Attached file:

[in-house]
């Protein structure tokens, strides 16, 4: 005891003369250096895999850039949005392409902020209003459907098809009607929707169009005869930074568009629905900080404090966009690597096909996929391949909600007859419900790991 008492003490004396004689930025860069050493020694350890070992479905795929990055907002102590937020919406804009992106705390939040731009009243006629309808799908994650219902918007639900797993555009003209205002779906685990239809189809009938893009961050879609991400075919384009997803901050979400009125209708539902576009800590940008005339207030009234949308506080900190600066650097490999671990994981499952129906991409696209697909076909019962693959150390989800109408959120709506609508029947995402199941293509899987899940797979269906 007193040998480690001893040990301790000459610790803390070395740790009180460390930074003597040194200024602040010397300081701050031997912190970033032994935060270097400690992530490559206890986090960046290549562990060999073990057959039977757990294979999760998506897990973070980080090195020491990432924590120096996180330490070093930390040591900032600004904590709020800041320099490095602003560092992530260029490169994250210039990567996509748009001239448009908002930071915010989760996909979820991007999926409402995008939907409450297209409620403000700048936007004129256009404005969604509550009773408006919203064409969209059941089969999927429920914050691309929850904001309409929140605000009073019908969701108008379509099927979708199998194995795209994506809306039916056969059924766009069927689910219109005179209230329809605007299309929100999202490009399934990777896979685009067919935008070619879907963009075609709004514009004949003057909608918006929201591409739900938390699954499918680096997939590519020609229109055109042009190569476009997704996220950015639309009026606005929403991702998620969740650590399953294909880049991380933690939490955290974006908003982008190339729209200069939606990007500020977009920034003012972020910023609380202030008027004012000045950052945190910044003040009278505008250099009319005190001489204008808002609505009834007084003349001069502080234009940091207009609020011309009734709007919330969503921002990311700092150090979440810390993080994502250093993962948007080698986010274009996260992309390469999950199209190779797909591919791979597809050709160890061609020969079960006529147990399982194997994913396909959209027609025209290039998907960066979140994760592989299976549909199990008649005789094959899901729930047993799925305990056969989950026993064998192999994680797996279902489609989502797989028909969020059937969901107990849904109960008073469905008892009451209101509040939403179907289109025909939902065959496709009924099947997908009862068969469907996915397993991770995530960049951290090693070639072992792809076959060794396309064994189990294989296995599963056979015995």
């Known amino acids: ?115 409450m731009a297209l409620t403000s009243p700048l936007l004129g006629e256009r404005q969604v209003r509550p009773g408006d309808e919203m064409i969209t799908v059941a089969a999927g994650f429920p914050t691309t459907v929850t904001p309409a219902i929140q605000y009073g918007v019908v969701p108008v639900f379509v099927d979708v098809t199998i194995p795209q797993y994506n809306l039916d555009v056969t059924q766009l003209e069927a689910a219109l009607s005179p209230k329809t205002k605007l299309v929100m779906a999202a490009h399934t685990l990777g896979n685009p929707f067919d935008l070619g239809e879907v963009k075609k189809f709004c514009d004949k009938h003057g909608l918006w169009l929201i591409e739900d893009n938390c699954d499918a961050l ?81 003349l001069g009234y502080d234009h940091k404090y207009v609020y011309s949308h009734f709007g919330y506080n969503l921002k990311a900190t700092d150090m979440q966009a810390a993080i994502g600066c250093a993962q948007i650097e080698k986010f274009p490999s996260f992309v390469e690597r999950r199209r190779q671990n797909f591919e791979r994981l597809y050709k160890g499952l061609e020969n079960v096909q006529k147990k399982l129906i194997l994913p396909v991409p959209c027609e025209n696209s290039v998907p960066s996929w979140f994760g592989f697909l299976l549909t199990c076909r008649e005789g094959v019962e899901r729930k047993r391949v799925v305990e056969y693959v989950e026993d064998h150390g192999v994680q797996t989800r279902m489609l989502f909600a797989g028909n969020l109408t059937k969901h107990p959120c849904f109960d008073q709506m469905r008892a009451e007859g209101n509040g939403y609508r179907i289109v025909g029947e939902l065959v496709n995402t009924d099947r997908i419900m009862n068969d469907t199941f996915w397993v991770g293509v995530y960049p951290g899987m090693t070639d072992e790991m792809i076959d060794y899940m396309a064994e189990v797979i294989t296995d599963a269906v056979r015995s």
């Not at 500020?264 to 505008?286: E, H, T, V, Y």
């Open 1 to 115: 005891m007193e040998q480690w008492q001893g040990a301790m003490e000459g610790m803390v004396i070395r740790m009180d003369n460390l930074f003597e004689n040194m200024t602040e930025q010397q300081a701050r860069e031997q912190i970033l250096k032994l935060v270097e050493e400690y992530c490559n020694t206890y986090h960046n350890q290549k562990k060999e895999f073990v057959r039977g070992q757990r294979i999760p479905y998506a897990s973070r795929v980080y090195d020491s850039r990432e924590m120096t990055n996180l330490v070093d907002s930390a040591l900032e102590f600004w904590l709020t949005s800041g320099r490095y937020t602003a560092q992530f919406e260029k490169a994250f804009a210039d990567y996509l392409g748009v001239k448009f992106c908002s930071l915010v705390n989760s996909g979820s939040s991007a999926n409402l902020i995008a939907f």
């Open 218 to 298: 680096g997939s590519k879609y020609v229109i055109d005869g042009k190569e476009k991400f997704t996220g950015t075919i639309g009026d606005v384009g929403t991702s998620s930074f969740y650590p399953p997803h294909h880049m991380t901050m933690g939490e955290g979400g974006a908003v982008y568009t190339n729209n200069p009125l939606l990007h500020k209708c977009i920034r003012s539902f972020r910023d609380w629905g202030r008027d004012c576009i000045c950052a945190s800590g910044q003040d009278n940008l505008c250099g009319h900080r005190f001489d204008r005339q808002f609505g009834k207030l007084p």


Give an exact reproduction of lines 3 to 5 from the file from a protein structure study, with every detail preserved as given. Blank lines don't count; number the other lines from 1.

């Known amino acids: ?115 409450m731009a297209l409620t403000s009243p700048l936007l004129g006629e256009r404005q969604v209003r509550p009773g408006d309808e919203m064409i969209t799908v059941a089969a999927g994650f429920p914050t691309t459907v929850t904001p309409a219902i929140q605000y009073g918007v019908v969701p108008v639900f379509v099927d979708v098809t199998i194995p795209q797993y994506n809306l039916d555009v056969t059924q766009l003209e069927a689910a219109l009607s005179p209230k329809t205002k605007l299309v929100m779906a999202a490009h399934t685990l990777g896979n685009p929707f067919d935008l070619g239809e879907v963009k075609k189809f709004c514009d004949k009938h003057g909608l918006w169009l929201i591409e739900d893009n938390c699954d499918a961050l ?81 003349l001069g009234y502080d234009h940091k404090y207009v609020y011309s949308h009734f709007g919330y506080n969503l921002k990311a900190t700092d150090m979440q966009a810390a993080i994502g600066c250093a993962q948007i650097e080698k986010f274009p490999s996260f992309v390469e690597r999950r199209r190779q671990n797909f591919e791979r994981l597809y050709k160890g499952l061609e020969n079960v096909q006529k147990k399982l129906i194997l994913p396909v991409p959209c027609e025209n696209s290039v998907p960066s996929w979140f994760g592989f697909l299976l549909t199990c076909r008649e005789g094959v019962e899901r729930k047993r391949v799925v305990e056969y693959v989950e026993d064998h150390g192999v994680q797996t989800r279902m489609l989502f909600a797989g028909n969020l109408t059937k969901h107990p959120c849904f109960d008073q709506m469905r008892a009451e007859g209101n509040g939403y609508r179907i289109v025909g029947e939902l065959v496709n995402t009924d099947r997908i419900m009862n068969d469907t199941f996915w397993v991770g293509v995530y960049p951290g899987m090693t070639d072992e790991m792809i076959d060794y899940m396309a064994e189990v797979i294989t296995d599963a269906v056979r015995s």
């Not at 500020?264 to 505008?286: E, H, T, V, Y």
């Open 1 to 115: 005891m007193e040998q480690w008492q001893g040990a301790m003490e000459g610790m803390v004396i070395r740790m009180d003369n460390l930074f003597e004689n040194m200024t602040e930025q010397q300081a701050r860069e031997q912190i970033l250096k032994l935060v270097e050493e400690y992530c490559n020694t206890y986090h960046n350890q290549k562990k060999e895999f073990v057959r039977g070992q757990r294979i999760p479905y998506a897990s973070r795929v980080y090195d020491s850039r990432e924590m120096t990055n996180l330490v070093d907002s930390a040591l900032e102590f600004w904590l709020t949005s800041g320099r490095y937020t602003a560092q992530f919406e260029k490169a994250f804009a210039d990567y996509l392409g748009v001239k448009f992106c908002s930071l915010v705390n989760s996909g979820s939040s991007a999926n409402l902020i995008a939907f």